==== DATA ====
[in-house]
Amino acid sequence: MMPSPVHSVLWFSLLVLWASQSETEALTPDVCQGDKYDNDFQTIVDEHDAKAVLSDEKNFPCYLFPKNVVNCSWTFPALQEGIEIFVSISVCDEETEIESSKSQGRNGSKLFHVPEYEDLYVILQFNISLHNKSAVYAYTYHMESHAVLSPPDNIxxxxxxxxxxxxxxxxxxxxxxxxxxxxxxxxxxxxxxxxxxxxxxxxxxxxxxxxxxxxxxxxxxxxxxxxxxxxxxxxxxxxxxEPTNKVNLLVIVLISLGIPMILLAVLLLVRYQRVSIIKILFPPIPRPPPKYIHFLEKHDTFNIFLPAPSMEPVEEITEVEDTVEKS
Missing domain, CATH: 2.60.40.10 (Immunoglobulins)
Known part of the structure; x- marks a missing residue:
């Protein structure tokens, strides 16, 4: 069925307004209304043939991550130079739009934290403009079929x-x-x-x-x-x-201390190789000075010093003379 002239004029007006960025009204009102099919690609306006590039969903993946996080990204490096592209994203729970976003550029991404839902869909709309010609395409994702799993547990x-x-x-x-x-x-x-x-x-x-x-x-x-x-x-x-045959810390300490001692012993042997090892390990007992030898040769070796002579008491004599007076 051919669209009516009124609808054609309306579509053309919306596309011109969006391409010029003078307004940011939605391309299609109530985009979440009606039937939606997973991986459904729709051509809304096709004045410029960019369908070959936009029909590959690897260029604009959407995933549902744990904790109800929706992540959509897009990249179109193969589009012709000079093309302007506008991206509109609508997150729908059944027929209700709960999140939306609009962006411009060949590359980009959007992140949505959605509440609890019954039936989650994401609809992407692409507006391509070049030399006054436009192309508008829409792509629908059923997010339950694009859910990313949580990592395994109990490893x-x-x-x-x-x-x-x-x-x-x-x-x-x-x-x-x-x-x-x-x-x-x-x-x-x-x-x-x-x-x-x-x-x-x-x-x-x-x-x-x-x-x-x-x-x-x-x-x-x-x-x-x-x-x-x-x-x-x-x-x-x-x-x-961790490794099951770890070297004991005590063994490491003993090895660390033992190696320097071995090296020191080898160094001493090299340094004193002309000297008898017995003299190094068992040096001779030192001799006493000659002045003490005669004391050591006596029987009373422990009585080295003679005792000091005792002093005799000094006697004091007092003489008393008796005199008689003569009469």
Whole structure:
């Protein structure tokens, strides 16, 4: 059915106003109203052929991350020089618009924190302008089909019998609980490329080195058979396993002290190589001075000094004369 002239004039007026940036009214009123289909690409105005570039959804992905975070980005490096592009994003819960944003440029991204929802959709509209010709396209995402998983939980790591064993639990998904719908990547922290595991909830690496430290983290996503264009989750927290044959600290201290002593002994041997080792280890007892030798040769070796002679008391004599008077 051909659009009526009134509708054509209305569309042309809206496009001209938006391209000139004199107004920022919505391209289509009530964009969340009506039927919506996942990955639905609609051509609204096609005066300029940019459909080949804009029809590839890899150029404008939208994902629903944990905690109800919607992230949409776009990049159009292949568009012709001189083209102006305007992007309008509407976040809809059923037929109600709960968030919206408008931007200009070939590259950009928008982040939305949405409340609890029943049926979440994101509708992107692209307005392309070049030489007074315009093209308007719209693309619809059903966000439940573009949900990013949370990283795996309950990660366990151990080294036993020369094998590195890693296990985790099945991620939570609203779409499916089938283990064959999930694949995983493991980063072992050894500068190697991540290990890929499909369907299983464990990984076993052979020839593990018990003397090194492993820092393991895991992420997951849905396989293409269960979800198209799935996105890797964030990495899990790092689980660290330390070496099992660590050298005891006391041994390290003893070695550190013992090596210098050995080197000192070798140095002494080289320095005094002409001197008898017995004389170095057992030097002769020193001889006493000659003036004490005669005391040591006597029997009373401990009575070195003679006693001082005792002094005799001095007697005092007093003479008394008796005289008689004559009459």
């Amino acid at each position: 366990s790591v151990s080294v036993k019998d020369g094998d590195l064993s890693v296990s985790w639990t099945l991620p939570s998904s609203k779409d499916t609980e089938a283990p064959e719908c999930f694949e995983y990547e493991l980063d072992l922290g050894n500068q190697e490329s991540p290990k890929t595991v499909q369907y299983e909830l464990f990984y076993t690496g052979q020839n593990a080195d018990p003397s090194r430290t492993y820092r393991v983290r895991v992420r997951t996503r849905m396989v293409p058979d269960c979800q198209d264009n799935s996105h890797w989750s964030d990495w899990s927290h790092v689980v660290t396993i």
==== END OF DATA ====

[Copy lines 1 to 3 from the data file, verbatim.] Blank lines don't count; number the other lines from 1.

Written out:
[in-house]
Amino acid sequence: MMPSPVHSVLWFSLLVLWASQSETEALTPDVCQGDKYDNDFQTIVDEHDAKAVLSDEKNFPCYLFPKNVVNCSWTFPALQEGIEIFVSISVCDEETEIESSKSQGRNGSKLFHVPEYEDLYVILQFNISLHNKSAVYAYTYHMESHAVLSPPDNIxxxxxxxxxxxxxxxxxxxxxxxxxxxxxxxxxxxxxxxxxxxxxxxxxxxxxxxxxxxxxxxxxxxxxxxxxxxxxxxxxxxxxxEPTNKVNLLVIVLISLGIPMILLAVLLLVRYQRVSIIKILFPPIPRPPPKYIHFLEKHDTFNIFLPAPSMEPVEEITEVEDTVEKS
Missing domain, CATH: 2.60.40.10 (Immunoglobulins)